Wednesday, July 04, 2007

Setting the Wagon in Motion...

I was sorry that I was unable to attend the Model Schools Conference in Washington, DC this past week. If there is anywhere edubloggers need to be it is there! I am fortunate in my district to have some really dynamic leaders who have "future vision" who attended the conference and starting to set the wagon in motion.
Because of my trip to NECC, I was following based on the wiki and blog of a friend who's district is committed to a Rigor & Relevance Framework. One thing that disturbed me was that in a conference for building rigor, relevance and 21st C skills...Jen noted there was no wireless and she only witnessed four other conference attendees who recorded their notes on a laptop. None-the-less if you are interested in learning more about Daggett--check out the links above. I think it is important to point out that t was during the nightly round-table discussions and dinners with the district’s team of 18 administrators and staff development facilitators that the really significant conversation occurred. (kind of like blogger cafe, or dinner conversations at NECC) If there is one thing I can suggest is that district teams attend conferences TOGETHER--be it NECC, PETE & C, Model Schools, Governor's Institute for Innovation and Education, Educon2.0....WHATEVER so that they can have TIME to discuss the impact of the session information on the district’s leadership.

from Jen Dorman's notes...the things that stood out for me as we start to build a plan to move forward...

Students who perform well in our school system do not necessarily perform well in life – skills valued in school are not the core skills and values in real life
The primary aim of education should not be to enable students to do well in school, but to help them do well in the lives they lead outside of school. They are good at studying to learn, but are they really ready to work? I kept seeing repeated that the top 5 new-hire skills included: Communication skills, honesty/integrity, teamwork, interpersonal, strong work ethic.

Kids need to learn from others – even if they are not like you . . .I recall an activity during I believe it was Alan November's session at NECC where we were asked to recall the names of faces...alone it was difficult, but together... You can’t teach kids you don’t know . . . relationships (Carol Ann Tomlinson), relationships are foundational to designing educational experiences that are appropriately rigorous and relevant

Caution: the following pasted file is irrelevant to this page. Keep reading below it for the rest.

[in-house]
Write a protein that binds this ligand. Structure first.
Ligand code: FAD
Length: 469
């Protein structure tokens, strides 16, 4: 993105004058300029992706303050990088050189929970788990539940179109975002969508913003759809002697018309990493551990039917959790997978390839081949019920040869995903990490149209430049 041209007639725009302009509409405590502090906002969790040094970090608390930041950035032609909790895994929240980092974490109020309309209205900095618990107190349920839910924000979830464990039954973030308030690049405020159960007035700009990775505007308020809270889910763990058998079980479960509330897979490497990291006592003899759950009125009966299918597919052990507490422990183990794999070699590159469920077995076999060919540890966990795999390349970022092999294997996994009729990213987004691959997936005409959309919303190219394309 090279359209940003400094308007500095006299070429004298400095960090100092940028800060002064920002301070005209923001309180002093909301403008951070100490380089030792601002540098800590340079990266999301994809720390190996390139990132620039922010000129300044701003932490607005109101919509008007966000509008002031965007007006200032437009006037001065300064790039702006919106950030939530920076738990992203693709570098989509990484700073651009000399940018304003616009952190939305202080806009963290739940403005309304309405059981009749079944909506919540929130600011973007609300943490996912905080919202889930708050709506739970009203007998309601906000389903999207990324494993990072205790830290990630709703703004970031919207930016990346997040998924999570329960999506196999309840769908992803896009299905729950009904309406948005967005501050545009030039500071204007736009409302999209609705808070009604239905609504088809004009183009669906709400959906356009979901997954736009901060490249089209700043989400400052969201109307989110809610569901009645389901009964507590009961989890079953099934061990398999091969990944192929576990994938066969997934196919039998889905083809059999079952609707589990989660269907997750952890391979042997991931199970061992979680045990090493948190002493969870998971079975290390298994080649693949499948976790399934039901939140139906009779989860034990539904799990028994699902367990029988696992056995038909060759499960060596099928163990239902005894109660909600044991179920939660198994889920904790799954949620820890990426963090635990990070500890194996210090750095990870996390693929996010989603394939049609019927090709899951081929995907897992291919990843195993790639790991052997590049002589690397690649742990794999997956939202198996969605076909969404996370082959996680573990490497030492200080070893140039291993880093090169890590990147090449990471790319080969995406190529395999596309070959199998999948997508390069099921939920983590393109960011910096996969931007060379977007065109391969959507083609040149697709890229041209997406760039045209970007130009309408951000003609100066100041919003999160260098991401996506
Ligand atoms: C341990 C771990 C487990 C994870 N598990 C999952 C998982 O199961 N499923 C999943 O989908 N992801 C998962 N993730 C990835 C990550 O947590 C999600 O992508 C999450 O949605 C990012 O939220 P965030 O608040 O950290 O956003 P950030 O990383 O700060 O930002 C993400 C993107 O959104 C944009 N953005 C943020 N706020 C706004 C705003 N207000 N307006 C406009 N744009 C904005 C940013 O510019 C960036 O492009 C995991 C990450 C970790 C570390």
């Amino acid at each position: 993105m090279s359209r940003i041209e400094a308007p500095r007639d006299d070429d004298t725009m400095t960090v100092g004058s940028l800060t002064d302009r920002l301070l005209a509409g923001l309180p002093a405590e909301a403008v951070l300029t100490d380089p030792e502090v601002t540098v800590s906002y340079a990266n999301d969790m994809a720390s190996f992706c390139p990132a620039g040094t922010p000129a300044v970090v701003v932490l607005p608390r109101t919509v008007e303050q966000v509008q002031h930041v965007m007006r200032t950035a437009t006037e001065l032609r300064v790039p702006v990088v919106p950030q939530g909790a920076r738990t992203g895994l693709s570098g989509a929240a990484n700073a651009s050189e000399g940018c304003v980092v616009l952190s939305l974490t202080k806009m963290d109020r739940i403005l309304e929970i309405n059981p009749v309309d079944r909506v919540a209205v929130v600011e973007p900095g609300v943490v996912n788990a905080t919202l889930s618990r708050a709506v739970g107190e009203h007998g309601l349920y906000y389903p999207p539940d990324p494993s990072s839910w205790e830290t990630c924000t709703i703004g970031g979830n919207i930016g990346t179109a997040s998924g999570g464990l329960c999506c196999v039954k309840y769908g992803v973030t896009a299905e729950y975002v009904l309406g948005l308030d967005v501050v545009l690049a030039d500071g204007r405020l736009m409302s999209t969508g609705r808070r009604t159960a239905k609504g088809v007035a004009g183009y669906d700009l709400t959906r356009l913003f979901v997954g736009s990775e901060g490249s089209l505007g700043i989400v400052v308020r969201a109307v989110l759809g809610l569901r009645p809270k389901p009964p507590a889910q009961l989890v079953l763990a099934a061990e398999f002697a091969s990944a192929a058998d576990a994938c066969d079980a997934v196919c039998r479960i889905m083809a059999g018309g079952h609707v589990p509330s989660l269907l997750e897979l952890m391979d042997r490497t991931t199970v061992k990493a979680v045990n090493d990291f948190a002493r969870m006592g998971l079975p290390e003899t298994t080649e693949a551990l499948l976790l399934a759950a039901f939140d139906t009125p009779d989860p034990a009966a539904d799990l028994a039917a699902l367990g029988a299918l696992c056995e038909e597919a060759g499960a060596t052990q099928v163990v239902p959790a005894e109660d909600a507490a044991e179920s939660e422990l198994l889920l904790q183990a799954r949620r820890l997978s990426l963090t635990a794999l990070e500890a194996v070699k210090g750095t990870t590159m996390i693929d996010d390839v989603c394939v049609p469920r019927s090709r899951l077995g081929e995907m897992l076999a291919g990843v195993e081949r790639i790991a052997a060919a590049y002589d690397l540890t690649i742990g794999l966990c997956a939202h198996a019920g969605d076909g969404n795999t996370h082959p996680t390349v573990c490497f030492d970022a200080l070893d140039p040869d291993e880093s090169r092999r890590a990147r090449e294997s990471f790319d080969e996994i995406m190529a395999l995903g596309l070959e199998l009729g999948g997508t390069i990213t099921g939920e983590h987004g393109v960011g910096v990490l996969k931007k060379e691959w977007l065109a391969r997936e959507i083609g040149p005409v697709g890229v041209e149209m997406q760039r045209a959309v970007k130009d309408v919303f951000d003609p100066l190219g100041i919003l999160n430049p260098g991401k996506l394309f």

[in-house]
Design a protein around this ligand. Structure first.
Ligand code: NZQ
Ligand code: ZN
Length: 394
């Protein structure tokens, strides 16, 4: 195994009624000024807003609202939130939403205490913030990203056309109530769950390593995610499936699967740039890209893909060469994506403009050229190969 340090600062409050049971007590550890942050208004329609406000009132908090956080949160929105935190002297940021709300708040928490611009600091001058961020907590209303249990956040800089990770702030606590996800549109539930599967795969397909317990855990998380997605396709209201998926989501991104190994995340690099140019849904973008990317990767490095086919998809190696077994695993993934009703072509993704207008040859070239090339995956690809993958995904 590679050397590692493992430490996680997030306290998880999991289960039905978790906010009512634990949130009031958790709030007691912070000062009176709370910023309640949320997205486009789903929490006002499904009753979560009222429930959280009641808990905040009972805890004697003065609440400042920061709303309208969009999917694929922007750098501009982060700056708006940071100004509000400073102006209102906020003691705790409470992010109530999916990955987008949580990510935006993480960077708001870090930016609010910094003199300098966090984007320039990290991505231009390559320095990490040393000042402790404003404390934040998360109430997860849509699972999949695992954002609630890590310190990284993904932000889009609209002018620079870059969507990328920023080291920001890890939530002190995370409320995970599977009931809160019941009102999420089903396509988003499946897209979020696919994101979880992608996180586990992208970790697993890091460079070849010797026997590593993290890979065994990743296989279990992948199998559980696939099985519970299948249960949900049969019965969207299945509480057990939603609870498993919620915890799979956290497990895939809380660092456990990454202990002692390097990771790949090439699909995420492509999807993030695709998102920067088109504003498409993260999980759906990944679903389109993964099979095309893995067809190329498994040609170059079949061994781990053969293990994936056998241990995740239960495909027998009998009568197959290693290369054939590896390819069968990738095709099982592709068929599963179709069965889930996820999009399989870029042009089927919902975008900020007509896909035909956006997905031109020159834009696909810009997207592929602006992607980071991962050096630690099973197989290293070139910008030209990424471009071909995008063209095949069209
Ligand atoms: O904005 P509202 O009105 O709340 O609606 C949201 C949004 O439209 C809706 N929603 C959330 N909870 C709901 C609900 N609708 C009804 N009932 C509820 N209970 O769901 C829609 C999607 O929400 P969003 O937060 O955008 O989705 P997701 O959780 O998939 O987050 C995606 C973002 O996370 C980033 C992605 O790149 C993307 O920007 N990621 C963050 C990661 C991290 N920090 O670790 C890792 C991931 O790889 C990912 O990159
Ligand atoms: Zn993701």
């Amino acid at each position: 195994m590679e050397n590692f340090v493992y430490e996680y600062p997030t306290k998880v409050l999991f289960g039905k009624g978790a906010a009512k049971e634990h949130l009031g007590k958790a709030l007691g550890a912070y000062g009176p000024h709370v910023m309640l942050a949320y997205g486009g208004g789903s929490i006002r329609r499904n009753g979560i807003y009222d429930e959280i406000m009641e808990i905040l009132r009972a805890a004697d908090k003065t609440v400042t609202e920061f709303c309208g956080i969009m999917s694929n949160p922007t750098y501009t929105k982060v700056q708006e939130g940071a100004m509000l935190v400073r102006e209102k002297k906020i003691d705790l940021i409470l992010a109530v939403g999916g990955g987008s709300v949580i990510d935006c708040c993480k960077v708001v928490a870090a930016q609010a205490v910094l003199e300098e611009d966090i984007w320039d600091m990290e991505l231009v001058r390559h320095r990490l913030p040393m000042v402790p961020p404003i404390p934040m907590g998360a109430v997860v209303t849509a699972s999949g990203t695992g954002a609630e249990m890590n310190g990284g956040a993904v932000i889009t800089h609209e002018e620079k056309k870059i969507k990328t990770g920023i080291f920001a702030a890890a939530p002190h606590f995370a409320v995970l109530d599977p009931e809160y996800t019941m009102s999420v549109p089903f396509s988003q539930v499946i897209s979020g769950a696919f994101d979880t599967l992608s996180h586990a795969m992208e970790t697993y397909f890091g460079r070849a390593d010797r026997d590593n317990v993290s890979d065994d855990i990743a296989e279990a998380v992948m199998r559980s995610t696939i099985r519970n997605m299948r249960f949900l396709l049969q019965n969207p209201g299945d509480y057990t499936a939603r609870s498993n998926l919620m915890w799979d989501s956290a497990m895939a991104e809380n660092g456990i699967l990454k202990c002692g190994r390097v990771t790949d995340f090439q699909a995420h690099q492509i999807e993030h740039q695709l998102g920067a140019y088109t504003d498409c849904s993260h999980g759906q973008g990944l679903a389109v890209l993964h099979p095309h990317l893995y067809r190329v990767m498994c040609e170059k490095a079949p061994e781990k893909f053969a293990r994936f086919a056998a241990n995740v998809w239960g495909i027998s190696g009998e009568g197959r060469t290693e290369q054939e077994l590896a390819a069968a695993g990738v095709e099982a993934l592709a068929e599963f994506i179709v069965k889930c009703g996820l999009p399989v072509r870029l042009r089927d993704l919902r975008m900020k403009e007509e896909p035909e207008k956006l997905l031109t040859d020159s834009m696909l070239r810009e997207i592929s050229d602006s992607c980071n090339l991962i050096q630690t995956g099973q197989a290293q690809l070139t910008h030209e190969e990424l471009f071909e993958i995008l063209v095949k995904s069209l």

According to Jen's notes, the Model School Sessions did suggest some things to leave behind – industrial model of education, low expectations for students (esp. special education and ELL), pure disciplines (content), trainings not attended by leadership (if it’s important enough for them to be here, it’s important enough for you to be here), “this is the way we have always done it”, assign teachers based on seniority, using state assessments as the solution to the problem--WOW, some heavy ideas here...definitely a team decision...Ian Jukes at NECC referred to it as TTWADI (that's the way we always did it)

Highly effective teachers teach very little – they are facilitators of R/R learning--once again a concept that was reinforced at NECC..

Other countries invest in global skills:

* most other industrial countries start world language instruction in primary grades
* international benchmarking and exchange
* technology
* study abroad programs

I read about the importance of Professional Development. One school described the layers of support:

* 3 days of preservice induction
* 10 days of orientations for lateral entries (not trained to be teachers, career changes)
* School based orientation
* School based mentors
* M & M Meetings – mentor/mentee (monthly school based social/professional development) – help them to develop relationships to keep them in-district
* Peer classroom observations and feedback (praise and constructive criticism)
* BTI Lead Teacher Walk Thrus
* Opportunities to observe other peers
* Weekly contact w/school-based mentor
* Moodle . . .
Chris Lehman and Karl Fisch both described similar types of opportunities in their success stories

For many schools it was a FOUR YEAR PROCESS

1. Identify leaders (top-down support) who recognize the need for school/state-wide change
2. Develop partnerships Involve the community
3. Determine guiding principles (ICLE kit contains 12)
4. Establish plan (mission statement and vision, strategic plan involving all students, parents, and staff)
5. Develop advisory boards who can implement practices (organic and natural component of curriculum and instruction)
6. Focus on professional development

Again, I was not there...just reading notes and reflections but it seems to me that the Model Schools, Administrators, Edubloggers....are all speaking the same language, they are just doing it in different places...Scott McLeod suggested we blog leadership for Independence Day --He has some great starting points on his blog today. It will be exciting to all sit down together, compare notes, put the wheels on the wagon (or restructure as the case may be) and get movin'

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